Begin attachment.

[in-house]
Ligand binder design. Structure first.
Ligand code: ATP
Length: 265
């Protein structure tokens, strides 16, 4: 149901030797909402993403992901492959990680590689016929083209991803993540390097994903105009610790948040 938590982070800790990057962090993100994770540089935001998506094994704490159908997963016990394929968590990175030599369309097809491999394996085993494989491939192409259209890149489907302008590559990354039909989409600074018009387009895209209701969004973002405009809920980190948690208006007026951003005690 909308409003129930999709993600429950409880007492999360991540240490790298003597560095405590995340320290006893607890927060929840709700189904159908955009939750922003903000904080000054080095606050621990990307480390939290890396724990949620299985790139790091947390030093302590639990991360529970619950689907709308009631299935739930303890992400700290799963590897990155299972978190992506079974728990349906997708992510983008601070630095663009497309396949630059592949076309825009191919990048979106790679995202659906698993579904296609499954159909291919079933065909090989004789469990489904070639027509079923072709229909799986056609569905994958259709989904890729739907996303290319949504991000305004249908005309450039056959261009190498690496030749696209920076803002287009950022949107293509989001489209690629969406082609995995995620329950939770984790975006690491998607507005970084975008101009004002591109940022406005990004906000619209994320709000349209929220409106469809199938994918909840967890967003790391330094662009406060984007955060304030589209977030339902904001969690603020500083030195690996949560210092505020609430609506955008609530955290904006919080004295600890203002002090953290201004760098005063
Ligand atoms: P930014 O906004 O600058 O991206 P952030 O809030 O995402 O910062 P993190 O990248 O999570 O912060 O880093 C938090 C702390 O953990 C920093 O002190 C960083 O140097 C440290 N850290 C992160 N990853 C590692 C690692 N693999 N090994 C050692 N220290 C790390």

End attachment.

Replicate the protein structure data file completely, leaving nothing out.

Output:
[in-house]
Ligand binder design. Structure first.
Ligand code: ATP
Length: 265
């Protein structure tokens, strides 16, 4: 149901030797909402993403992901492959990680590689016929083209991803993540390097994903105009610790948040 938590982070800790990057962090993100994770540089935001998506094994704490159908997963016990394929968590990175030599369309097809491999394996085993494989491939192409259209890149489907302008590559990354039909989409600074018009387009895209209701969004973002405009809920980190948690208006007026951003005690 909308409003129930999709993600429950409880007492999360991540240490790298003597560095405590995340320290006893607890927060929840709700189904159908955009939750922003903000904080000054080095606050621990990307480390939290890396724990949620299985790139790091947390030093302590639990991360529970619950689907709308009631299935739930303890992400700290799963590897990155299972978190992506079974728990349906997708992510983008601070630095663009497309396949630059592949076309825009191919990048979106790679995202659906698993579904296609499954159909291919079933065909090989004789469990489904070639027509079923072709229909799986056609569905994958259709989904890729739907996303290319949504991000305004249908005309450039056959261009190498690496030749696209920076803002287009950022949107293509989001489209690629969406082609995995995620329950939770984790975006690491998607507005970084975008101009004002591109940022406005990004906000619209994320709000349209929220409106469809199938994918909840967890967003790391330094662009406060984007955060304030589209977030339902904001969690603020500083030195690996949560210092505020609430609506955008609530955290904006919080004295600890203002002090953290201004760098005063
Ligand atoms: P930014 O906004 O600058 O991206 P952030 O809030 O995402 O910062 P993190 O990248 O999570 O912060 O880093 C938090 C702390 O953990 C920093 O002190 C960083 O140097 C440290 N850290 C992160 N990853 C590692 C690692 N693999 N090994 C050692 N220290 C790390």